Is Europe, Along with its Bioethics, Still Christian? Or Already Post-Christian? Reflections on Traditional and Post-Enlightenment Christianities and Their Bioethics

Christian Bioethics 14 (1):1-28 (2008)
Abstract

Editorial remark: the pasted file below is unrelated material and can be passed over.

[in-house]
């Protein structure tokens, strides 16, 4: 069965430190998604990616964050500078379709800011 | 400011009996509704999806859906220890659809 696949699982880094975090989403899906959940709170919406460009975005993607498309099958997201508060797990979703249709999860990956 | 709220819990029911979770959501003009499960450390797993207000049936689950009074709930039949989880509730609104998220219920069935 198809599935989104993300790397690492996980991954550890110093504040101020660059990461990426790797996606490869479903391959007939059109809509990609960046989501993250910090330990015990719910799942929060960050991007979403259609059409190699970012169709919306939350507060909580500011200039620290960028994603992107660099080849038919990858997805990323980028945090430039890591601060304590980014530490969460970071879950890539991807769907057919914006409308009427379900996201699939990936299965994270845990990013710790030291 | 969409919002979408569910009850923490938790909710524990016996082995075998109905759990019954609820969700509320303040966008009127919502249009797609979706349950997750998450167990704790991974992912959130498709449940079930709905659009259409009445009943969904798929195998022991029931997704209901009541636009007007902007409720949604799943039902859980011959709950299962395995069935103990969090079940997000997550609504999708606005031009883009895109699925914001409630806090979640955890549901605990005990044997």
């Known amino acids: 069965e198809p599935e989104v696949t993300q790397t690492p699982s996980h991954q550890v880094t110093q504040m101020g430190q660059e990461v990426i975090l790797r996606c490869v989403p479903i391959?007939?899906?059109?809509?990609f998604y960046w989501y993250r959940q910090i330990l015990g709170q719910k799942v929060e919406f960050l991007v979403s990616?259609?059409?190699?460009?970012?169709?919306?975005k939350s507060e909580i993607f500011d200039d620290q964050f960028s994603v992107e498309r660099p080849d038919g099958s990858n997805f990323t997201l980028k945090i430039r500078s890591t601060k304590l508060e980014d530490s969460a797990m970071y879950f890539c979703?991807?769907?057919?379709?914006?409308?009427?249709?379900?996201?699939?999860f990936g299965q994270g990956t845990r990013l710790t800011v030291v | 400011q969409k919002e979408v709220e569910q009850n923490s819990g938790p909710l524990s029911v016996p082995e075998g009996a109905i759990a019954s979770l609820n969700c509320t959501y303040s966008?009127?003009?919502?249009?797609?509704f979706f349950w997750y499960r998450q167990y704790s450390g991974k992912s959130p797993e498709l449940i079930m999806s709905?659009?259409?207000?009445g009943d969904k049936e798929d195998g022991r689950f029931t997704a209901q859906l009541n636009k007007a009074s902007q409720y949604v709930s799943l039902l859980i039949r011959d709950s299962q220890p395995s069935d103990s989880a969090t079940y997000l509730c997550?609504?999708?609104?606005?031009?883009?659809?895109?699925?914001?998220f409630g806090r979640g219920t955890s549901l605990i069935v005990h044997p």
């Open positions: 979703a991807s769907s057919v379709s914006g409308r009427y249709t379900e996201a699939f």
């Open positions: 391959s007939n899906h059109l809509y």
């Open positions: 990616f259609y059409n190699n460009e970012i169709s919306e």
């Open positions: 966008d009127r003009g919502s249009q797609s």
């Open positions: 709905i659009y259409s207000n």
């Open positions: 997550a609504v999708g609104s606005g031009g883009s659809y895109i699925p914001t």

This introduction explores the relationship between Europe and its Christianities. It analyses different diagnostic and evaluative approaches to Europe's Christian or post-Christian identity. These are grouped around the concepts of diverse traditional, and, on the other hand, post-Enlightenment Christianities. While the first revolves around a liturgical and mystical account of the church, a Christ-centred humanism, an emphasis on man's future life, noetic theology and a foundationalist claim to universal truth, the second endorses a moralization of the “Christian message,” political implementation of “Christian goals,” rationalism, a this-worldly humanism, and tolerance for religious diversity. Since even the concepts of “traditional” and “post-Enlightenment” Christianity turn out to be deeply ambiguous, the essay concludes with exploring the different ways in which the Christianity of the Apostolic Church, the Enlightenment (along with the “Western” Christianities it shaped), and contemporary liberalism each conceive of their respective endorsements of human freedom as either normative, that is obligatory, value-laden, or contingent, and arbitrary. In each case, a different notion of “tradition” (as well as familial and church authority) is placed either in harmony or in opposition to such freedom. As a result of this conceptual analysis, the deeply fractured identity of Europe, as exemplified by the diverse bioethical positions adopted by the authors in this issue, becomes visible
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